Unlike Baby’s hearing, his vision takes a while to develop, and should be tracked throughout the first few months.
What the vision of your newborn may be like
Newborns can only see blurry shapes because they are nearsighted, so his best vision is 8 to 12 inches (about 20-30 cm) away. During this time, Baby loves to look at faces, including yours and his own, so be sure to interact frequently.
World of color:
Color vision is also developing in the first month, and by a week old, Baby will be able to see red, orange, yellow, and green. Blues and violets take longer for newborns because these colors have shorter wavelengths. Brightly colored wall hangings and toys help him to distinguish color and form, but if you want your baby to appreciate your decorating skills, steer clear of pastels, since they’re difficult for him to appreciate. Patterns and high contrast objects, like checkerboards and concentric circles, are also quite visible, and good for Baby’s eye development. Lighter tones, on the other hand, will be harder for Baby make out for a while.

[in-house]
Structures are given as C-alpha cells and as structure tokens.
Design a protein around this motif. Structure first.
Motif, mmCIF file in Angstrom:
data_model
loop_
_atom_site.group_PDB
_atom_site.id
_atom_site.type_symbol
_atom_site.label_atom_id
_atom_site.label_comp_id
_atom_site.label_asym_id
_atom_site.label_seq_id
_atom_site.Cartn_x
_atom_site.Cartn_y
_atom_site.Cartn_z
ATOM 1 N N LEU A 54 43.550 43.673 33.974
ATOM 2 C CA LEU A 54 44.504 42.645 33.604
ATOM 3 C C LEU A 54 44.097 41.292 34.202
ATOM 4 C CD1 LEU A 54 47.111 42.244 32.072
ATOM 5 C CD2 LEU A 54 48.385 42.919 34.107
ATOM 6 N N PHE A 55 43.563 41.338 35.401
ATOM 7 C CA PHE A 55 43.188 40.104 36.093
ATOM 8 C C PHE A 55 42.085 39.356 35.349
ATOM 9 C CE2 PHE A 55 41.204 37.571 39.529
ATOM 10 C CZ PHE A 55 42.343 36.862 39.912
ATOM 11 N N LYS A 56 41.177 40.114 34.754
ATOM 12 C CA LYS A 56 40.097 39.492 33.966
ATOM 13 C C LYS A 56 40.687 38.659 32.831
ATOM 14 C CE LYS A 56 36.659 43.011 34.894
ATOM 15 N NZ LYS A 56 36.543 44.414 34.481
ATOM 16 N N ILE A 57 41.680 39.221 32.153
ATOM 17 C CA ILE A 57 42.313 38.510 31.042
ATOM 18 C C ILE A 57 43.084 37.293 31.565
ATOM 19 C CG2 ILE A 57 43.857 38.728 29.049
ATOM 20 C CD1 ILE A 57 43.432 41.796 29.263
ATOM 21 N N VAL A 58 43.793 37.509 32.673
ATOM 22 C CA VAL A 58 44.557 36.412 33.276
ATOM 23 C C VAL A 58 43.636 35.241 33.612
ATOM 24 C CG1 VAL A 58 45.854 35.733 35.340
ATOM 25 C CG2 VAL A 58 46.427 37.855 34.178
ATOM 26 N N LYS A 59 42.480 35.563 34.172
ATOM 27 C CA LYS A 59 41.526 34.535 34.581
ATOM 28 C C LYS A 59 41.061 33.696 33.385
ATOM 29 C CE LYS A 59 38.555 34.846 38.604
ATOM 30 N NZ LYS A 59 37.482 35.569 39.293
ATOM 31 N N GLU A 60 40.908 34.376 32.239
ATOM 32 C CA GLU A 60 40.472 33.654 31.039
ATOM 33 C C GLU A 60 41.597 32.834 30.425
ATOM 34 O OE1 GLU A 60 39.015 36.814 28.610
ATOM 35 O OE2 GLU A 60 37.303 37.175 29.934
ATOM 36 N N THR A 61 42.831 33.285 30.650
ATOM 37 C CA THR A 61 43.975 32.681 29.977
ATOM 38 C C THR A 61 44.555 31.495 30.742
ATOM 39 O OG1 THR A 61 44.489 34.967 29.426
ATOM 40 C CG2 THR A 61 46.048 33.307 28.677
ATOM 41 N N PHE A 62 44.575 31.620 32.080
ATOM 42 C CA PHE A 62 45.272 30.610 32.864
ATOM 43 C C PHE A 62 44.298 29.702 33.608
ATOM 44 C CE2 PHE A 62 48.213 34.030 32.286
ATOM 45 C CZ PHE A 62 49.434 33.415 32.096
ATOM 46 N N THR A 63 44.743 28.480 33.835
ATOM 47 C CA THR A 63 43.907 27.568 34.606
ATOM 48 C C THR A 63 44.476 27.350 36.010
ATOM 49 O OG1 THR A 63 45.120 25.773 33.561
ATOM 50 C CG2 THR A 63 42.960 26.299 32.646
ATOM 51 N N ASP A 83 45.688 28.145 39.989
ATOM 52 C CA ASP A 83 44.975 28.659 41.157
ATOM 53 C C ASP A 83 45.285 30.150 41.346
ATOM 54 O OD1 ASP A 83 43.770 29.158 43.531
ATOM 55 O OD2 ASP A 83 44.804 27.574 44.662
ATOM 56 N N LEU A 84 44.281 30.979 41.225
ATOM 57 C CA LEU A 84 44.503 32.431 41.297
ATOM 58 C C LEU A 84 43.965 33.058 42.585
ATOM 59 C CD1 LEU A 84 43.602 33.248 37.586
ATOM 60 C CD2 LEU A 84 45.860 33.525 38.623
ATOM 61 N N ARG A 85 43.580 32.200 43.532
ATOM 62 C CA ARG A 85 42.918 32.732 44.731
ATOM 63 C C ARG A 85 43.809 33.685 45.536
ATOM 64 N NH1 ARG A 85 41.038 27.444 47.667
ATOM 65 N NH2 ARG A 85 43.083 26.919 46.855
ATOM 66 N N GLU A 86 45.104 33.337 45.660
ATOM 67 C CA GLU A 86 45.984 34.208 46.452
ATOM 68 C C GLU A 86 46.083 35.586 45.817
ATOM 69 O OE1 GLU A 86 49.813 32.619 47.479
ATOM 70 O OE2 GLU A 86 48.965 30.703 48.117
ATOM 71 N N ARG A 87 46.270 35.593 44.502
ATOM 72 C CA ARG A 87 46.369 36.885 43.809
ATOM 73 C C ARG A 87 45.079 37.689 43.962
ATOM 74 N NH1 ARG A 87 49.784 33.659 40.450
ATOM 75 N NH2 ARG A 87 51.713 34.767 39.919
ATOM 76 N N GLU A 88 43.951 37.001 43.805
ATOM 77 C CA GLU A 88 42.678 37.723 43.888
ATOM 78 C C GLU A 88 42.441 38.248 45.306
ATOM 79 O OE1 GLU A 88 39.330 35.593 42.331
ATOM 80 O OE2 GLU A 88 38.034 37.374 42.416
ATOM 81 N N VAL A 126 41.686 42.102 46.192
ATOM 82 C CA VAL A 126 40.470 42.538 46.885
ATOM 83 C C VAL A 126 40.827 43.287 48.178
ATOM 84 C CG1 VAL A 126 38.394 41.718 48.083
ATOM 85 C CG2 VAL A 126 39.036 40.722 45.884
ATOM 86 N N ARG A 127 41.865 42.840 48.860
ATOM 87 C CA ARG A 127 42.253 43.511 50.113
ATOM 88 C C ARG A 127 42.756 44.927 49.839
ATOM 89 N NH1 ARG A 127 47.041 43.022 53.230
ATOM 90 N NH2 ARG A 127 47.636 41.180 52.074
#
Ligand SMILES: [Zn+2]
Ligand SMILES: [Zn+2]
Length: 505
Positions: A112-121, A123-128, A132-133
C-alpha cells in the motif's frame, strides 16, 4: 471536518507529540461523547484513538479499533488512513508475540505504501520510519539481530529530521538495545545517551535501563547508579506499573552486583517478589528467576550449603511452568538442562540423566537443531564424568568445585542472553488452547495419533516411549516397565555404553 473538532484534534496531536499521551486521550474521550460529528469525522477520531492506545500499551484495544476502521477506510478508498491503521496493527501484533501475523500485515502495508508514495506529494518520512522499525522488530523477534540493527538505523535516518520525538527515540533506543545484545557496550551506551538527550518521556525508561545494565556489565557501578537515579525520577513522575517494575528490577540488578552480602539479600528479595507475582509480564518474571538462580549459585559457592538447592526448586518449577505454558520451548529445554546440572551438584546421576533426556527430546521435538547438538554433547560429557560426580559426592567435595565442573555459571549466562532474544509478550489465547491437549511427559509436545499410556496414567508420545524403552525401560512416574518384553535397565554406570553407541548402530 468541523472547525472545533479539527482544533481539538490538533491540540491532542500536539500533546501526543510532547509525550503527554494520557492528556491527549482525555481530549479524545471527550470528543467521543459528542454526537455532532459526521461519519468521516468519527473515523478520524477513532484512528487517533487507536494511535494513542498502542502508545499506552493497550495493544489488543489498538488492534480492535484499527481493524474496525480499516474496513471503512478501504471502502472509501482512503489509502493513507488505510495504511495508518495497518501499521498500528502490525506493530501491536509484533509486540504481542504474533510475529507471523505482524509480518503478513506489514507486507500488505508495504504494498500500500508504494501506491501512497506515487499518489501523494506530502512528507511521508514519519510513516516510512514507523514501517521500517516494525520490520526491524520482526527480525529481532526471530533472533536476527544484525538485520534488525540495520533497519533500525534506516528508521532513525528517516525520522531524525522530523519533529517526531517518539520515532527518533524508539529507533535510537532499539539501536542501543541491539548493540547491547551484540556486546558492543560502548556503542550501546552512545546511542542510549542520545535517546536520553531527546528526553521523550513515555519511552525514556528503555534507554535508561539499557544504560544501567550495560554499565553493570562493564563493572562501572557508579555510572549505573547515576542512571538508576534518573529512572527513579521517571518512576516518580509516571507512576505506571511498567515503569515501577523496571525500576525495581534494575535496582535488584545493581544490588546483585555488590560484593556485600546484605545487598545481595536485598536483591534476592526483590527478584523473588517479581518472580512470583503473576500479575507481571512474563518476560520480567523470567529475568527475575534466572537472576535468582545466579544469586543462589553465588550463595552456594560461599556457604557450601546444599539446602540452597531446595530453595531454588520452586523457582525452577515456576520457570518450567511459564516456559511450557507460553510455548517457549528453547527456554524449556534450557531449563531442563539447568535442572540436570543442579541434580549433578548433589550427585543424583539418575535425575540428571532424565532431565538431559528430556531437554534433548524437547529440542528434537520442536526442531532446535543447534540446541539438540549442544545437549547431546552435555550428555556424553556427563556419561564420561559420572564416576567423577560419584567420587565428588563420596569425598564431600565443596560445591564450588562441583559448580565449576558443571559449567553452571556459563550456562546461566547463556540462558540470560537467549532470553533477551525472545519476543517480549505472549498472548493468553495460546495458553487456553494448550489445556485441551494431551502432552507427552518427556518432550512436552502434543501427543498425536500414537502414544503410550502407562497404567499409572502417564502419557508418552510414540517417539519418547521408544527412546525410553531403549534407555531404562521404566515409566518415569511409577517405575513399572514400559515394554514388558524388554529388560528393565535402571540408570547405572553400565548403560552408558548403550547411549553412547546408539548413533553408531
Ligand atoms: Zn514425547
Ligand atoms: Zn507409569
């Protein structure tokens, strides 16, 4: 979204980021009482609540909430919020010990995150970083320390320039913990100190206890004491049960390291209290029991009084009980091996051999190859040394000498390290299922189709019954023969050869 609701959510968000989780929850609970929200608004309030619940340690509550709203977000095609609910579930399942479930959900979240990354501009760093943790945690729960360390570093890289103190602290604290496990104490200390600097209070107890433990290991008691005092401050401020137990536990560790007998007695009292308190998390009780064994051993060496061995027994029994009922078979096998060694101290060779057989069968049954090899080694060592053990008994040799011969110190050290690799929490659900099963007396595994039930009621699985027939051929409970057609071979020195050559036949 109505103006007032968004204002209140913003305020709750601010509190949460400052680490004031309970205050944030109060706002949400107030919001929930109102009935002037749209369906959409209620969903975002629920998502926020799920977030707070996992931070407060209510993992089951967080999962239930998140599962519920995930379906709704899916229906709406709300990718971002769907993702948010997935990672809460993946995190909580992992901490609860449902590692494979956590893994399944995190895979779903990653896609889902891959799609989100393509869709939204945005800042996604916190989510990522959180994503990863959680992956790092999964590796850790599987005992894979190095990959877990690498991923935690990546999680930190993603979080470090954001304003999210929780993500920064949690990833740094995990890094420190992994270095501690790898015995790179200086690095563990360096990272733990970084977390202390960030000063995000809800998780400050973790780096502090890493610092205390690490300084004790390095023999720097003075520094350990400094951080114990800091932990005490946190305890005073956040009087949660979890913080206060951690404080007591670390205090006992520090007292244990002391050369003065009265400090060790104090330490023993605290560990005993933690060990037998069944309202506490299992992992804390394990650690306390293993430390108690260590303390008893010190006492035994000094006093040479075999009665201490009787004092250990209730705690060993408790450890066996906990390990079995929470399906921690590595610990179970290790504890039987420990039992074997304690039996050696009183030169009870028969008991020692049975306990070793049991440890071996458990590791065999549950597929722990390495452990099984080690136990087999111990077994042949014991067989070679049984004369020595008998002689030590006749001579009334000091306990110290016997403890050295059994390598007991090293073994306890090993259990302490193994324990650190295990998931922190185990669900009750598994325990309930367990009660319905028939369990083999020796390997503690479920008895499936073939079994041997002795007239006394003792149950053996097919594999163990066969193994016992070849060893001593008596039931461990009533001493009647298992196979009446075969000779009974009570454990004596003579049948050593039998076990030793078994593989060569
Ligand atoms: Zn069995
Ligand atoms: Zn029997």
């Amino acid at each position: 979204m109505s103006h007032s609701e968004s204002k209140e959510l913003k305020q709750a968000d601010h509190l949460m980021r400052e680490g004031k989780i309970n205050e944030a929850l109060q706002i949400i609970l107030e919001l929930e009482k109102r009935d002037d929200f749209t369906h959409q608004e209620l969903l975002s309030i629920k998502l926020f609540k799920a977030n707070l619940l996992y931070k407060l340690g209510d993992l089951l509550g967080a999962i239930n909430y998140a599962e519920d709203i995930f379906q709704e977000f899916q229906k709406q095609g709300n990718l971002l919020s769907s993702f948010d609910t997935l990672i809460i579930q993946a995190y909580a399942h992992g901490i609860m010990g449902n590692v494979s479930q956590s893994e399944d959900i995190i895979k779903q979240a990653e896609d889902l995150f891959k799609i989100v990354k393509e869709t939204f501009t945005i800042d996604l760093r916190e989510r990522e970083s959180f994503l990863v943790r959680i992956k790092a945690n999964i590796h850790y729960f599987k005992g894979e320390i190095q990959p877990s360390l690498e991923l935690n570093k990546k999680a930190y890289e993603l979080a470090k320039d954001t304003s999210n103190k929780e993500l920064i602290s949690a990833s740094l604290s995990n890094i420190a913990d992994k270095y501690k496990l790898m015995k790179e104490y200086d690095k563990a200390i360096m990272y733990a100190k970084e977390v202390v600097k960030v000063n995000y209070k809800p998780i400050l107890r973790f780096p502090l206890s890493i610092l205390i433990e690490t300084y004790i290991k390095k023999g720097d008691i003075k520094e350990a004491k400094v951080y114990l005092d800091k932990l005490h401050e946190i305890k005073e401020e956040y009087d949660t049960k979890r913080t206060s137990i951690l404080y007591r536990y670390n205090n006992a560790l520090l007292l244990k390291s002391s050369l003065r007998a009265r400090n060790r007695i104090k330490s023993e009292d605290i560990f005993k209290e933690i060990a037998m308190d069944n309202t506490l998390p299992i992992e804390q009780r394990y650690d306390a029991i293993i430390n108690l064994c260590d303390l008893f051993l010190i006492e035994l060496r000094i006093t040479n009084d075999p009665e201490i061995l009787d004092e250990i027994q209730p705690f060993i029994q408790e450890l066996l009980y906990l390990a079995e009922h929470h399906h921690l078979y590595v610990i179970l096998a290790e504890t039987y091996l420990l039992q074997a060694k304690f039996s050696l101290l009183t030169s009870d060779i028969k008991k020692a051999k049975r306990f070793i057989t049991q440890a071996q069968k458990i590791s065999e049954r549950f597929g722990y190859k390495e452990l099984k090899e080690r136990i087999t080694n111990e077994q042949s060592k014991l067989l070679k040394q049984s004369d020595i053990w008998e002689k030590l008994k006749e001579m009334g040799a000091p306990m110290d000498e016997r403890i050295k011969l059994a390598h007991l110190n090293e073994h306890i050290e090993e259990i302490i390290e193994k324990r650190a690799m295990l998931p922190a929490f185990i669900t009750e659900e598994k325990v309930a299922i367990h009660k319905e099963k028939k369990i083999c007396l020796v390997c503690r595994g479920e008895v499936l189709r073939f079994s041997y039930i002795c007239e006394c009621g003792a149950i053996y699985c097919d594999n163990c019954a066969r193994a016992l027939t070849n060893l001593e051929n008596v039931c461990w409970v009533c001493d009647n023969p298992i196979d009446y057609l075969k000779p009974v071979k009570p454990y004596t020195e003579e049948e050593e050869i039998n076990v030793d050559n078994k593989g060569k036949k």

During Baby’s first months, his eyes have a difficult time distinguishing between two items and moving between two images. It takes time for Baby to actually learn to see, because his two eyes need to learn to work together. Baby’s eyes may wander or cross, but should focus and be able to track objects after the first month or so. His eyes are also much less sensitive to light than yours, so don’t worry about leaving lights on in the nursery. Make sure to get Baby’s eyes checked at every wellness visit, and discuss any potential issues or questions with the doctor.
- Mayo Clinic Staff. “Infant development: Birth to 3 months.” Mayo Clinic. Mayo Clinic, June 25 2014. Web.
- “Infant Vision: Birth to 24 Months of Age.” American Optometric Association. American Optometric Association. Web.
- “Newborn Eyesight.” HealthyChildren. American Academy of Pediatrics, November 21 2015. Web.